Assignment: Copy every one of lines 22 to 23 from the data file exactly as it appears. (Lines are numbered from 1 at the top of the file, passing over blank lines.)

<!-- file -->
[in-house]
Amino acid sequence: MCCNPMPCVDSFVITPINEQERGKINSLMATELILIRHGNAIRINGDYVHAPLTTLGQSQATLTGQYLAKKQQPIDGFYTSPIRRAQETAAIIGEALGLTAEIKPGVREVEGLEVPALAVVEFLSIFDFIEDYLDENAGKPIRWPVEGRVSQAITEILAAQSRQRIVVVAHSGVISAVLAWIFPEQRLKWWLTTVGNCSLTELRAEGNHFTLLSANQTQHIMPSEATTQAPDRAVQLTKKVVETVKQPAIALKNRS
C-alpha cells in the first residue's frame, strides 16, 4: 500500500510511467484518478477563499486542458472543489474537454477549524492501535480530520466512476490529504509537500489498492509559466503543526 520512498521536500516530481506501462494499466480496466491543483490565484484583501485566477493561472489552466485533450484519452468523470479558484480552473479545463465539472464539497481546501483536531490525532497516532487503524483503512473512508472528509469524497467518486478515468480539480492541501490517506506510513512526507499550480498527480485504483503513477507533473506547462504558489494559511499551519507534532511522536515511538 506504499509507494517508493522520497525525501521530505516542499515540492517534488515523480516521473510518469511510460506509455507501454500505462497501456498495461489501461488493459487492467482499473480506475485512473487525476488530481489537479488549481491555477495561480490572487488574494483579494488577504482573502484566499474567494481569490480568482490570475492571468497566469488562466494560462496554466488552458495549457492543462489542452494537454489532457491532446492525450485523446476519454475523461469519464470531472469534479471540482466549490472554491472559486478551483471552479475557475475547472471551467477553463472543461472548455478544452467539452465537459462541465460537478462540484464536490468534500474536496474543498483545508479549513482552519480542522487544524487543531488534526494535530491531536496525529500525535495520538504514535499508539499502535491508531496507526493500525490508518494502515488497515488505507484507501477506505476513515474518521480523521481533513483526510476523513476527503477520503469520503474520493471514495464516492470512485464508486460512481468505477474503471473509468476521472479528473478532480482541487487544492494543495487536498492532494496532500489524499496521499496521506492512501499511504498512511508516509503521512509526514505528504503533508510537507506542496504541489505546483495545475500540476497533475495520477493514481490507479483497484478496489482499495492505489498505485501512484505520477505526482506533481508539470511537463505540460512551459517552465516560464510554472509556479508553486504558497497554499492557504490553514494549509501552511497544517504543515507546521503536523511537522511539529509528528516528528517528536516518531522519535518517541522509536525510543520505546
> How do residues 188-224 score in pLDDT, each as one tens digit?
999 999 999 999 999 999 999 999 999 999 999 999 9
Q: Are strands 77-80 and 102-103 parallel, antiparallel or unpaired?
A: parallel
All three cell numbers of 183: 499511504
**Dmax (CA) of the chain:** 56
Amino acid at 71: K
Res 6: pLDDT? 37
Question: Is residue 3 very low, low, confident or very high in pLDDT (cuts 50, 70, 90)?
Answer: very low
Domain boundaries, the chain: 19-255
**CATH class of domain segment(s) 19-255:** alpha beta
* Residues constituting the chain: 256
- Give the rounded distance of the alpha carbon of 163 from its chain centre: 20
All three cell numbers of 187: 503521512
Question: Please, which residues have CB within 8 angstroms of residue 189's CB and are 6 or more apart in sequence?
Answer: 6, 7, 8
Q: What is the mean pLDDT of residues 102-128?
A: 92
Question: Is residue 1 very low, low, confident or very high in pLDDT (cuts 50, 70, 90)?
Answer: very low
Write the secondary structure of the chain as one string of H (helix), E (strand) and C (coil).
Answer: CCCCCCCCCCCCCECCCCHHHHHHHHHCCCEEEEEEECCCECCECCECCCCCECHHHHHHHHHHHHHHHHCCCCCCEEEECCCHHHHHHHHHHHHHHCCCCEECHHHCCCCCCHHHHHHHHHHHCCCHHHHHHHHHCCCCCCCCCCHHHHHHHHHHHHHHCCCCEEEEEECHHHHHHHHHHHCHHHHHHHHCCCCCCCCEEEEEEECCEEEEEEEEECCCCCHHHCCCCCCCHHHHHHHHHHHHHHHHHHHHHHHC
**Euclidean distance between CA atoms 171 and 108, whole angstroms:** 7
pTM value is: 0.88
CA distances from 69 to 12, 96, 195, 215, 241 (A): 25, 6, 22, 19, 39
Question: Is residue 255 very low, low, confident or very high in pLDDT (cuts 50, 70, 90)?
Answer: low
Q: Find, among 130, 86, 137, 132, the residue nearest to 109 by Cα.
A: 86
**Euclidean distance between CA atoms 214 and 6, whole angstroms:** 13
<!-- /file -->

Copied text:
A: 92
Question: Is residue 1 very low, low, confident or very high in pLDDT (cuts 50, 70, 90)?